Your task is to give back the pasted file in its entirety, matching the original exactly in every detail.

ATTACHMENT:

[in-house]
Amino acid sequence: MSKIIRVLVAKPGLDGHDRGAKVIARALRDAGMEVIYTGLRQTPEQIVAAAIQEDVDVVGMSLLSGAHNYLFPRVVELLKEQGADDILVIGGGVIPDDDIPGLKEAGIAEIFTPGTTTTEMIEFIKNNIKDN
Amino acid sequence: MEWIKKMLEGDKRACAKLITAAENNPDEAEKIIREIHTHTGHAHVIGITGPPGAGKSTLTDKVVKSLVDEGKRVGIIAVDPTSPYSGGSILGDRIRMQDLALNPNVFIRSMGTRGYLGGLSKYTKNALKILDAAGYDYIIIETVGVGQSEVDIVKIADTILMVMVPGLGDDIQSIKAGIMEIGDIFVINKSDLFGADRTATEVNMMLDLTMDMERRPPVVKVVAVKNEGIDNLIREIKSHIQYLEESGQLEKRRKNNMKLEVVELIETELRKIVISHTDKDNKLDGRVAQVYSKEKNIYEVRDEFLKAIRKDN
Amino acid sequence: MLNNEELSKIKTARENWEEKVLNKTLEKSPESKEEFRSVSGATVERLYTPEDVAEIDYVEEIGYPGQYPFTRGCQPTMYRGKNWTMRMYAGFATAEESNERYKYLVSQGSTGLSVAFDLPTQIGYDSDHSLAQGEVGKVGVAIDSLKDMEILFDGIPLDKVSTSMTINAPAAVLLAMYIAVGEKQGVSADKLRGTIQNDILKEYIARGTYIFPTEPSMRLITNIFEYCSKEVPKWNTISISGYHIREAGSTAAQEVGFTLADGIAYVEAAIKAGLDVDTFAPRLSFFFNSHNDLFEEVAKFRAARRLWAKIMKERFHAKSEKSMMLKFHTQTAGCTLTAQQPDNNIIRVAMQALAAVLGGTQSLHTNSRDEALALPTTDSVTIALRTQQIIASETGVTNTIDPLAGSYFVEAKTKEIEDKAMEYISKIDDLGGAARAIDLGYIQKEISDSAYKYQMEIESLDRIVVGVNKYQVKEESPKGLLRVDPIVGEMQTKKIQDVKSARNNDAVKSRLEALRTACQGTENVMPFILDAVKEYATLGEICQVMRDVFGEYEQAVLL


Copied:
[in-house]
Amino acid sequence: MSKIIRVLVAKPGLDGHDRGAKVIARALRDAGMEVIYTGLRQTPEQIVAAAIQEDVDVVGMSLLSGAHNYLFPRVVELLKEQGADDILVIGGGVIPDDDIPGLKEAGIAEIFTPGTTTTEMIEFIKNNIKDN
Amino acid sequence: MEWIKKMLEGDKRACAKLITAAENNPDEAEKIIREIHTHTGHAHVIGITGPPGAGKSTLTDKVVKSLVDEGKRVGIIAVDPTSPYSGGSILGDRIRMQDLALNPNVFIRSMGTRGYLGGLSKYTKNALKILDAAGYDYIIIETVGVGQSEVDIVKIADTILMVMVPGLGDDIQSIKAGIMEIGDIFVINKSDLFGADRTATEVNMMLDLTMDMERRPPVVKVVAVKNEGIDNLIREIKSHIQYLEESGQLEKRRKNNMKLEVVELIETELRKIVISHTDKDNKLDGRVAQVYSKEKNIYEVRDEFLKAIRKDN
Amino acid sequence: MLNNEELSKIKTARENWEEKVLNKTLEKSPESKEEFRSVSGATVERLYTPEDVAEIDYVEEIGYPGQYPFTRGCQPTMYRGKNWTMRMYAGFATAEESNERYKYLVSQGSTGLSVAFDLPTQIGYDSDHSLAQGEVGKVGVAIDSLKDMEILFDGIPLDKVSTSMTINAPAAVLLAMYIAVGEKQGVSADKLRGTIQNDILKEYIARGTYIFPTEPSMRLITNIFEYCSKEVPKWNTISISGYHIREAGSTAAQEVGFTLADGIAYVEAAIKAGLDVDTFAPRLSFFFNSHNDLFEEVAKFRAARRLWAKIMKERFHAKSEKSMMLKFHTQTAGCTLTAQQPDNNIIRVAMQALAAVLGGTQSLHTNSRDEALALPTTDSVTIALRTQQIIASETGVTNTIDPLAGSYFVEAKTKEIEDKAMEYISKIDDLGGAARAIDLGYIQKEISDSAYKYQMEIESLDRIVVGVNKYQVKEESPKGLLRVDPIVGEMQTKKIQDVKSARNNDAVKSRLEALRTACQGTENVMPFILDAVKEYATLGEICQVMRDVFGEYEQAVLL